You know, there's just rookie wins for anyone. Rick Hendrick noticed, and Rick Hendrick saw what was going on with Jeff Gordon and wanted me to drive the Winston Cup car. So I have young friends that run in the Busch series right now that are trying to get started and get their feet in this, and I keep trying to give them that bit of advice and saying, "You never know who's watching. You'd be surprised who's really paying attention and who's watching." If you just keep smiling and giving 100%, things will work out for you.
Q: You seem a lot further ahead in your development from a mechanical standpoint than Jeff was at your age. When I talked to Jimmie Smith when I was doing the California piece, he said that it kind of amazes him that these guys were complaining when they're cool suits don't work after running a Baja 1000 event. After your experience, I could see why. Was it just your hands on kind of background that has made it easier for you to understand what point Chad is trying to get across?
JJ: Well, I think one thing I've been real good, I've had other teammates that I've watched how they've described things and their interaction with their team, and I've been able to use that as a model. Rick Johnson was the first experience ahead of that off road racing, and I've learned great habits there. I think that's the biggest thing that I'm doing well is explaining what I'm feeling.
I don't really know how to fix it at times. Looking from a mechanical side, not the aero side or looking at it a little differently, and as long as I just verbalize what I feel to Chad, he goes off into his little thinking land and has been able to come up with what we need to make the car work. He made a comment about at this age being successful compared to Jeff, at this point - when Jeff was 26 he had a few championships already. So I'm a little behind him.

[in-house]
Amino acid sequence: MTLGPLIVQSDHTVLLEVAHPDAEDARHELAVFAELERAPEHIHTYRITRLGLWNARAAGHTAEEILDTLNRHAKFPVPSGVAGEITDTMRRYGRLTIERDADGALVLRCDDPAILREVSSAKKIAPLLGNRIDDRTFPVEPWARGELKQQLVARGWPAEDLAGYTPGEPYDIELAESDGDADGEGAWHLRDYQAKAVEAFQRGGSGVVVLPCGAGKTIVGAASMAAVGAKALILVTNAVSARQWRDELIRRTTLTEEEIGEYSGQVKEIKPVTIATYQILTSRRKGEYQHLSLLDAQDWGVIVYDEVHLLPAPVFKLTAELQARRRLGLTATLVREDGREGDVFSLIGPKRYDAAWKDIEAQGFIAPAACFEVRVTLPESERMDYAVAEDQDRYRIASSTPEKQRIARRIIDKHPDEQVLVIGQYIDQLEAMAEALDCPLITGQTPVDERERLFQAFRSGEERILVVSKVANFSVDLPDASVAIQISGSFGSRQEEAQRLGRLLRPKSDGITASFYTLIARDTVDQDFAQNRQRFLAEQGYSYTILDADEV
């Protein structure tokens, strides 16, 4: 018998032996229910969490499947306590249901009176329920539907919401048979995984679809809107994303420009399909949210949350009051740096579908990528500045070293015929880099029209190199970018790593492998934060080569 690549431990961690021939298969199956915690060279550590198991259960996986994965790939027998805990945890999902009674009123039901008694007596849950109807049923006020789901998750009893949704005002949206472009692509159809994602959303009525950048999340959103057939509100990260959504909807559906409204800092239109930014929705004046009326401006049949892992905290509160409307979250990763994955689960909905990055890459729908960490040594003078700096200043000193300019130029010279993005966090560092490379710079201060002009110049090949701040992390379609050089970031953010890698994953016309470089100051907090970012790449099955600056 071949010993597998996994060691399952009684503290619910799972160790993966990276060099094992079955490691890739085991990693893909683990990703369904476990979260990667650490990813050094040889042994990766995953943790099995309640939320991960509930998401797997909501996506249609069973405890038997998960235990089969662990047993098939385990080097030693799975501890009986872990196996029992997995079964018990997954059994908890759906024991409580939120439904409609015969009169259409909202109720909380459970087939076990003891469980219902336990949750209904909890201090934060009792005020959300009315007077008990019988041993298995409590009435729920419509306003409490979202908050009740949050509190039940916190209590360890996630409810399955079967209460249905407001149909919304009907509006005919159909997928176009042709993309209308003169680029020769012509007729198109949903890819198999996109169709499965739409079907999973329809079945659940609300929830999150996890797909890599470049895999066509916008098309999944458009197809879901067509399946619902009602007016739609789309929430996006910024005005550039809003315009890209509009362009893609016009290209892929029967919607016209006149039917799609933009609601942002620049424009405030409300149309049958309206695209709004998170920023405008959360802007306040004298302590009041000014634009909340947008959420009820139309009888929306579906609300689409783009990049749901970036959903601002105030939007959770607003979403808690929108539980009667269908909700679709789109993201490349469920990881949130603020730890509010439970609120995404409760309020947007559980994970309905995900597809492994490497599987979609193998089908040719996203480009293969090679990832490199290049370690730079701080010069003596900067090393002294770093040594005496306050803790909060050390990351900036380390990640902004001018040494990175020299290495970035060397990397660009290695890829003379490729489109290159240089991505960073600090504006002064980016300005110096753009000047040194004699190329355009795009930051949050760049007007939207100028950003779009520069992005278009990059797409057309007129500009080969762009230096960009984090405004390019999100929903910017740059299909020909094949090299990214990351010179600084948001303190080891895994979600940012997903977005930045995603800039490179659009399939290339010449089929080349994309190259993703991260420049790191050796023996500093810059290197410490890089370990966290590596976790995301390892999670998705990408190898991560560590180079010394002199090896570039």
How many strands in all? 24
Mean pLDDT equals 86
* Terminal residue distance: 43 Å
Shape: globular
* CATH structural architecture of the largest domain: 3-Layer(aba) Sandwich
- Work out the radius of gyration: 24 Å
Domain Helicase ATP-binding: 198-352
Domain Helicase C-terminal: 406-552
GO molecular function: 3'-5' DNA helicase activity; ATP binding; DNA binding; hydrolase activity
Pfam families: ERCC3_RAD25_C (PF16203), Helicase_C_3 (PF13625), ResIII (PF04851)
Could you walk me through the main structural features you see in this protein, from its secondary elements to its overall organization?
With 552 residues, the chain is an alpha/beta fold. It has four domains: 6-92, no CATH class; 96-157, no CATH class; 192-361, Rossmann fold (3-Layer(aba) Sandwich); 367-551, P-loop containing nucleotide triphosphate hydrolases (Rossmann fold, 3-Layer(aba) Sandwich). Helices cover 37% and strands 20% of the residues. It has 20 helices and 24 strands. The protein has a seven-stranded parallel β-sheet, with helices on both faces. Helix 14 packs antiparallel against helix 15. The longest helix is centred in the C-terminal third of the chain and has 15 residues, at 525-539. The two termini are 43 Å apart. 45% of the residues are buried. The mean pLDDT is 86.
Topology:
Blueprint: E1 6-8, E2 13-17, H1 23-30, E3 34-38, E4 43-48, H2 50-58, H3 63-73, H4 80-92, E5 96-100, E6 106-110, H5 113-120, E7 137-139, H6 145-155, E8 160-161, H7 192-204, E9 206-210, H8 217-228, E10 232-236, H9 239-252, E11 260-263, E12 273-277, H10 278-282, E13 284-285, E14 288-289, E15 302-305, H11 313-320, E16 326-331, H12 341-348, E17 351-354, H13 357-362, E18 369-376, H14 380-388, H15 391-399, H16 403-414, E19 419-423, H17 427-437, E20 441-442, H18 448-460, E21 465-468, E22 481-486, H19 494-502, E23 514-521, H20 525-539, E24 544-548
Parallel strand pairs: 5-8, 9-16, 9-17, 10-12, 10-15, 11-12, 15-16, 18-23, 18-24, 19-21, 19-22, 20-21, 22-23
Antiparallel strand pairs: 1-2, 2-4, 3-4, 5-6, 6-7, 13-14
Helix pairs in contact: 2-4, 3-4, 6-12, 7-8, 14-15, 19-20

Q: Well, I'm not sure where he was coming in. I mean, for this to be your first year compared to where he was when he first came in, you guys just seem a lot further ahead in the game.
JJ: I think there's a lot to be said with this part of your career. It's kind of like when you're 16 to 18 you're an entirely different person growing up, maturing. I think in your early 20s as far as your race car career is concerned, that's that same adolescent time zone I think. There's a big difference from when Jeff got in at 21 or 20 whatever it was to where I am now at 26.
Q: Thank you.
Q: Jimmie Johnson, let me ask you a few things a little different. Are you having fun?
JJ: Absolutely. I've been having an incredible time, and the times you get burnt out, worn down, I just keep looking at this experience I've been granted to have and enjoying it. I mean, how do you argue with that?
Q: It would seem to be, I guess, it's good that you're having fun because it would seem that the pressure of where you are and what you're doing would negate that. It's good that your maturity is mature enough to realize hey, this is a good time.